By John V. Berry, Esq., www.berrylegal.com
In our representation of federal employees before the Merit Systems Protection Board (MSPB) one of the major issues that we come across involves whether or not a federal employee has been provided with due process in the processing of a disciplinary or adverse action. This is very important because when due process has not been properly provided to a federal employee, a federal agency’s final decision can be potentially reversed at the MSPB.
Federal Employee’s Right to Due Process
Generally, before a federal employee can be disciplined for alleged misconduct or performance deficiencies, they are entitled to due process of law. The core of due process for disciplinary actions consists of (1) notice of the misconduct or performance issues; and (2) the opportunity to respond to these issues. Ward v. U.S. Postal Service, 634 F.3d 1274, 1280 (Fed. Cir. 2011). A federal employee must be given a meaningful opportunity to invoke the discretion of the decision maker before a personnel action is finalized. Cleveland Bd. of Education v. Loudermill, 470 U.S. 532, 546 (1985).
Due Process Right to Information Relied Upon by a Federal Agency
A federal agency, if asked by a federal employee, must provide copies of all information relied upon in the processing of a disciplinary action in order to prepare for their response to the proposed action. Many federal agencies provide this type of information as a matter of course when they issue a proposed disciplinary action. However, many do not. This is why it is usually very important, prior to the oral and/or written response to the proposed action for a federal employee to formally request all of the materials relied upon by the agency in proposing the action. If a federal employee does not do so, then it can be hard to determine exactly what information that the deciding official considered in issuing a final decision.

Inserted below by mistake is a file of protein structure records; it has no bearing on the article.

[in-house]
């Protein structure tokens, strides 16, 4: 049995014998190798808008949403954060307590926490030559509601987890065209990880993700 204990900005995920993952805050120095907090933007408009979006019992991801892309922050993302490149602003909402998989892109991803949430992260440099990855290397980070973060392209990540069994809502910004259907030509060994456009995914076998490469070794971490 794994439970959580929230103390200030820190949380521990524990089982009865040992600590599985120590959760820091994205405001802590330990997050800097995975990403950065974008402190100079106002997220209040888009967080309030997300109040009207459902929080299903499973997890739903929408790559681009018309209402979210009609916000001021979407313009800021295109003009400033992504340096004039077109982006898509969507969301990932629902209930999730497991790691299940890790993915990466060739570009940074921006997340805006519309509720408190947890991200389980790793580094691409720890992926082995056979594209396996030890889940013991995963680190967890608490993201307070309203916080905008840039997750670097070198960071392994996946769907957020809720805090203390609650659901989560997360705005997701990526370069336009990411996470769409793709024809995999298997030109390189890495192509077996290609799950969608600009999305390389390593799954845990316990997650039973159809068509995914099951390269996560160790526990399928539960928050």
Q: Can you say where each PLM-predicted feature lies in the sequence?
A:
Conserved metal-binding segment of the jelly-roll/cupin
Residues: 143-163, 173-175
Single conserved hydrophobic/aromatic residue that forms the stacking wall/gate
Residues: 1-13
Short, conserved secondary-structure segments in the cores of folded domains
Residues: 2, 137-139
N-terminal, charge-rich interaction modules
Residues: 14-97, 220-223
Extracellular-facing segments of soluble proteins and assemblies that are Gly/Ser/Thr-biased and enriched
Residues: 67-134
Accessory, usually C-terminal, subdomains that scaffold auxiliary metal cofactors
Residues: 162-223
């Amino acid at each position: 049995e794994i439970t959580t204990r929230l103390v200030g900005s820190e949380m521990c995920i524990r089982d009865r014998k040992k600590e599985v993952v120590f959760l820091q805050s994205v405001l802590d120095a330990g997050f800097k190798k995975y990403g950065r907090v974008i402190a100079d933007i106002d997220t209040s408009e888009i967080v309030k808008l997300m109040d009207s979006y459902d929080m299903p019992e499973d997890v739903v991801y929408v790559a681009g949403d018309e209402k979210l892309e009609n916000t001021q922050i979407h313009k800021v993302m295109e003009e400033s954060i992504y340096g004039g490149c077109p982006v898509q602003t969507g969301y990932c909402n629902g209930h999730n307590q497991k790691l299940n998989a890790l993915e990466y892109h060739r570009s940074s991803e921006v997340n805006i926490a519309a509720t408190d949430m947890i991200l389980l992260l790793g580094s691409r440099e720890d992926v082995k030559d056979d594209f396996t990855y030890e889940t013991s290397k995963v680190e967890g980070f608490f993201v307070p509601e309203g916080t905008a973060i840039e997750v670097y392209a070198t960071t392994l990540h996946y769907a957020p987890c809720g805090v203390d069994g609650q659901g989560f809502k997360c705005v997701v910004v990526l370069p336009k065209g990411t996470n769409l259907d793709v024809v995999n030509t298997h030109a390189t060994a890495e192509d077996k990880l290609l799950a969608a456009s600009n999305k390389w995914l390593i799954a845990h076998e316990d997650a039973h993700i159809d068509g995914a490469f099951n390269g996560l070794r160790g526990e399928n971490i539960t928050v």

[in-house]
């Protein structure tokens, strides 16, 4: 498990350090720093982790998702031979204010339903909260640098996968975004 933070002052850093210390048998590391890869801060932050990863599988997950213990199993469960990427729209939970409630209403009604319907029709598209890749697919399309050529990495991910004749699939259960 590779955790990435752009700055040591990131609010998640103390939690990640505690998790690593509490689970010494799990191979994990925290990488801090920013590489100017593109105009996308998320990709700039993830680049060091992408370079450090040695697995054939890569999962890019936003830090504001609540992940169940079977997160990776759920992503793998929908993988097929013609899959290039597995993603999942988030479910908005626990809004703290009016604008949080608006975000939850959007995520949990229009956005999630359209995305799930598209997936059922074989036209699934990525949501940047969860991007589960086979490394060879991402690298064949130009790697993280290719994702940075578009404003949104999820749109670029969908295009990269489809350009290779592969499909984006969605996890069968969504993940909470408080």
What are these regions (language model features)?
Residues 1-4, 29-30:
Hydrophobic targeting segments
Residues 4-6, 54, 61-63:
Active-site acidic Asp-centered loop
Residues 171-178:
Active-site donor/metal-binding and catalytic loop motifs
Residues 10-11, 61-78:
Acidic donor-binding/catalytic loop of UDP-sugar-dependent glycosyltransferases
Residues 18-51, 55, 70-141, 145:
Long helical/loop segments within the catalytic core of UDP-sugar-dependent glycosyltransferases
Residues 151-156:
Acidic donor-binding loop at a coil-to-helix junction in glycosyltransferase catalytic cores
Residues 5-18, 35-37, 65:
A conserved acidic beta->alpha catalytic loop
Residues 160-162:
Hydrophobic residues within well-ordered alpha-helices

If a federal agency considers important information in a case that is not provided to a federal employee this fact can be the basis for possible reversal of the action at the MSPB. New information, not provided to a federal employee is often called “ex parte communications.” The U.S. Court of Appeals for the Federal Circuit has held that ex parte communications that introduce new and material information about a federal employee’s case to a deciding official constitute a due process violation. Stone v. Federal Deposit Insurance Corporation, 179 F.3d 1368, 1376-77 (Fed. Cir. 1999).
Due Process Necessary for Douglas Factors
The U.S. Court of Appeals for the Federal Circuit, in Ward v. USPS, 634 F.3d 1274 (Fed. Cir. 2011) held that information not provided to an employee regarding penalty determinations (under the Douglas factors) were also subject to due process:
“Ex parte communications that introduce new and material information whether material to the merits of the underlying charge or material to the penalty to be imposed, violate due process. There is no constitutionally relevant distinction between ex parte communications relating to the underlying charge and those relating to the penalty.”
This type of issue can come into play where the federal agency issues a decision on a proposed disciplinary action, citing an increased disciplinary penalty based upon information that was not provided to a federal employee prior to the oral and written response stages. For example, we have seen cases where a federal employee was given a more significant disciplinary penalty for having a past disciplinary record which was not mentioned in the proposed action. This can be reversible error.
Our law firm advises and represents federal employees in MSPB appeals. We can beached by telephone at (703) 668-0070 or www.berrylegal.com for addition information or to set up a consultation.